Dr. Andrew Newberg on God of the Fundamentalist Atheist
Neurotheology researcher, physician and author, Andy Newburg explains how fundamentalists Christians and Atheists share a minority view of God.
San Diego, CA (PRUnderground) April 27th, 2011
Join Skeptiko guest host Steve Volk for an interview with Dr. Andy Newberg. A distinguished researcher at Thomas Jefferson University Medical College, and professor in Religious Studies at the University of Pennsylvania, Dr. Newberg discusses his latest book Principles of Neurotheology:
Steve Volk: One thing that’s disappointing to me in these debates between believers and atheists is there’s usually a very narrow conception of God that’s on the table for discussion. It’s the Fundamentalist conception.
Dr. Andrew Newberg: I’d second your opinion. So often we say, “I believe in God,” or “I don’t believe in God,” and we assume that everybody knows what we’re talking about. Usually just the opposite is true. Oftentimes people who do feel very strongly one way or another do wind up with a very limited view about God.
A lot of times the Atheists look at God in a very anthropomorphic way, kind of mimicking the very doctrinal, Biblical kind of perspective on God. As you mentioned a few minutes ago, that sometimes is the problem in the debates between Atheists and religious individuals. Atheists have this very defined and very limited view about what God is or what they think other people think God is. If you have a religious person and an Atheist and both are arguing about the existence of God, you’ve got to figure out exactly what that means in the first place, because if our definition of God is that God is the universe, then everybody may say, “Yeah, sure, God exists.” If God is a being that created the universe, people are going to have different views. If God is a man in the clouds, you’ll have even more different views.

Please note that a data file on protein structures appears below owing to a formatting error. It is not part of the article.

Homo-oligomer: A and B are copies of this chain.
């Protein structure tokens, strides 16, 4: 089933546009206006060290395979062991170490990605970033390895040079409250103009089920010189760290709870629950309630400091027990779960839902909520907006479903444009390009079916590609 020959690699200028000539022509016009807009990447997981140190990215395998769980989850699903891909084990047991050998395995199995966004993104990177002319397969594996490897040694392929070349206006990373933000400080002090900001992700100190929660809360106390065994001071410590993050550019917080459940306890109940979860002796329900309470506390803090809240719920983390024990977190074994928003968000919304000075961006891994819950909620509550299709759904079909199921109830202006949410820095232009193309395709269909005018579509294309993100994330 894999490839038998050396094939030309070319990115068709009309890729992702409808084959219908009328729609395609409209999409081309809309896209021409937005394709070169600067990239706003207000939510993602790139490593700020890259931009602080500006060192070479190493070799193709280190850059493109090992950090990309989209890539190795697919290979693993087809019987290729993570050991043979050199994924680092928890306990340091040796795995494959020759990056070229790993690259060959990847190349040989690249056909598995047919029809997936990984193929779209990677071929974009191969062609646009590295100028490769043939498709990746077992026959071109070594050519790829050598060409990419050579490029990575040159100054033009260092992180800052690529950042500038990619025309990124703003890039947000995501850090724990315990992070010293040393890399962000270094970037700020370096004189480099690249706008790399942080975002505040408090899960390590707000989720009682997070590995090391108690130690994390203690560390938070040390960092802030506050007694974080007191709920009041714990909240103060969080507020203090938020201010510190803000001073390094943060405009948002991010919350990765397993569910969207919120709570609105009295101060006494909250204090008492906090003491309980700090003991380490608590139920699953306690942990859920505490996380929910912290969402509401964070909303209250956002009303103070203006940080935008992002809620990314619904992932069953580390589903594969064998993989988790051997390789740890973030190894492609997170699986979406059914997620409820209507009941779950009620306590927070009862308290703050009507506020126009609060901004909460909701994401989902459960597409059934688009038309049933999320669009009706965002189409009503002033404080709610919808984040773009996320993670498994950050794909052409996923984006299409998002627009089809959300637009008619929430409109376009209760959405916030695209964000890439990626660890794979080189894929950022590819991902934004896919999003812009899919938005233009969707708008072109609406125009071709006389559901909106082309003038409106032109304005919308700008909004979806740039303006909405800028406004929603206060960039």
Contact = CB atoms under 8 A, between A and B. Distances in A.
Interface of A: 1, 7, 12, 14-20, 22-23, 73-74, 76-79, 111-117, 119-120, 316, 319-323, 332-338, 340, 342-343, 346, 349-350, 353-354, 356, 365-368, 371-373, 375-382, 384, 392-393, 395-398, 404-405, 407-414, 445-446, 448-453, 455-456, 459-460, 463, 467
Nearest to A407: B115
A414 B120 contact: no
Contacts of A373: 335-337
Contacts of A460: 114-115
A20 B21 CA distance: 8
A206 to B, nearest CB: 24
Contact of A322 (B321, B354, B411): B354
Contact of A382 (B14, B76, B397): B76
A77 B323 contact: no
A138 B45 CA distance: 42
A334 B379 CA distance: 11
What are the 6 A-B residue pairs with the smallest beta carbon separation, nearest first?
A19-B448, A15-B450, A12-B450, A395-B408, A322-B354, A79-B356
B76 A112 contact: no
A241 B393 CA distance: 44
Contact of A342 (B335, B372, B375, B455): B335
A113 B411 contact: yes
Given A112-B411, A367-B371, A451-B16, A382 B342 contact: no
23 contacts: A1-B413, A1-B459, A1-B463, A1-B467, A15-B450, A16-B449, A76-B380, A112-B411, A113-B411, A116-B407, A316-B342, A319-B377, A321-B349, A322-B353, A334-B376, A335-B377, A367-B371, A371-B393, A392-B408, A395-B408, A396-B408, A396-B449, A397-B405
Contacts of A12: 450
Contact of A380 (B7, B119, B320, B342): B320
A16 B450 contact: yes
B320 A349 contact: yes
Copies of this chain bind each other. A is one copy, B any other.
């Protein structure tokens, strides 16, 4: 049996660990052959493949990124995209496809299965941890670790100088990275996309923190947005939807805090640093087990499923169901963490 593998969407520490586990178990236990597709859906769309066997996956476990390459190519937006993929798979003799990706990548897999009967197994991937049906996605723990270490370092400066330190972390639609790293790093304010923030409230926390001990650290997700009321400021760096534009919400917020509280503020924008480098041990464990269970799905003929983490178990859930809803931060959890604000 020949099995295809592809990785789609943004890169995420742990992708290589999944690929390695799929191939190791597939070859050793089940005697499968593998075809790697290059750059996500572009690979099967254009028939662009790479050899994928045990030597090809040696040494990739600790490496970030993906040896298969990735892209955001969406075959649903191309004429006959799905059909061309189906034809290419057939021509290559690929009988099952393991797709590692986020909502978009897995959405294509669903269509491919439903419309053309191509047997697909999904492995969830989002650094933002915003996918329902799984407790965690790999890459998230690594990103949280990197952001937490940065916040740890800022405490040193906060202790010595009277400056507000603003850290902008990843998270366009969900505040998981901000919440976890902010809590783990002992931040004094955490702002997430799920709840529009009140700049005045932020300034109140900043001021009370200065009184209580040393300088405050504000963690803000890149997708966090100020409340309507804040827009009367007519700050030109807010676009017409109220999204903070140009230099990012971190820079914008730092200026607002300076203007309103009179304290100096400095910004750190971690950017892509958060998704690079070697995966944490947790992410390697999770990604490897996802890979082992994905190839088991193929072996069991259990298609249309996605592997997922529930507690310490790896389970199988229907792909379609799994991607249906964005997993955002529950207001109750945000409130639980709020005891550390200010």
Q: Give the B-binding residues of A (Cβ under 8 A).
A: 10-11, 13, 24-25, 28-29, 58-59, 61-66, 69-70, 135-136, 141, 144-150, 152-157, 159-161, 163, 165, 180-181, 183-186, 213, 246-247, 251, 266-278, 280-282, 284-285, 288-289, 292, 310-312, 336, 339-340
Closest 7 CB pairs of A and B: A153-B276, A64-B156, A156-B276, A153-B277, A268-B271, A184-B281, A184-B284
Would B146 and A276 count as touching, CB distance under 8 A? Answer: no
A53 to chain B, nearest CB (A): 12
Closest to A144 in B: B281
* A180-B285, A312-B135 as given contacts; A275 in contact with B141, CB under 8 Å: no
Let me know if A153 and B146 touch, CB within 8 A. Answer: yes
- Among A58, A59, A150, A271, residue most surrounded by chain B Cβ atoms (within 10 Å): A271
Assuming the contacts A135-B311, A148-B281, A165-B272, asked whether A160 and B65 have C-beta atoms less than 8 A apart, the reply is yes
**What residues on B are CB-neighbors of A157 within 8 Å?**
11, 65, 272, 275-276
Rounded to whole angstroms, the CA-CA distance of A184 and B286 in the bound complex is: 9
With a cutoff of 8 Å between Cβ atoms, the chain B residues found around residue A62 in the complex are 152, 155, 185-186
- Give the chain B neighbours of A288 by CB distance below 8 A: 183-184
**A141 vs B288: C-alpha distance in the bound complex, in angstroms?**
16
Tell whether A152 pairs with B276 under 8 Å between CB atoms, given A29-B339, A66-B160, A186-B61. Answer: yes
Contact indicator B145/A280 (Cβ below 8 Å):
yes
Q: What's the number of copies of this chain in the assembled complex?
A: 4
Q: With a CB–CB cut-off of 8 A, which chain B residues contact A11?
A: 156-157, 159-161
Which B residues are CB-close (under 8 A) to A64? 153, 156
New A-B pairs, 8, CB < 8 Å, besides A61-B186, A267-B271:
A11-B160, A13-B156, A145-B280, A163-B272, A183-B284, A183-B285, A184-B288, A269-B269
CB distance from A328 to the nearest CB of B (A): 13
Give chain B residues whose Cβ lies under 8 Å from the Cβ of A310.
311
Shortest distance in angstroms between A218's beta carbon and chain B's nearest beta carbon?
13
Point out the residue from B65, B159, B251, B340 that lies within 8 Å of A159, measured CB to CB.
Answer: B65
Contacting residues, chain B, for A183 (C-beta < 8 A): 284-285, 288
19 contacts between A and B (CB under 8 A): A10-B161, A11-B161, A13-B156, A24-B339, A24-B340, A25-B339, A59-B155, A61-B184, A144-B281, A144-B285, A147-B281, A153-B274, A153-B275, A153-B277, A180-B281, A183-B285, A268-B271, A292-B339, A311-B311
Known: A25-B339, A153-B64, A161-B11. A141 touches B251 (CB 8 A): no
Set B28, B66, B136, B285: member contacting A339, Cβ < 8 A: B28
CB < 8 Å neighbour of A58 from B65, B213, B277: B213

So it’s really important for a lot of these things. God, belief, religion, faith, soul, mind, brain, all of these things are things that we need to try and determine and define, at least within the context of whatever conversation we’re having. Even though another point that I try to make in my work is that whatever definitions we have today are most likely going to be dynamic and changeable and are going to evolve as our information changes, as our scholarship changes, as our research data grows, and we going to have to realize that none of these concepts are really very static.
The Skeptiko interviews with Dr. Andrew Newberg (audio and transcript) are available at:
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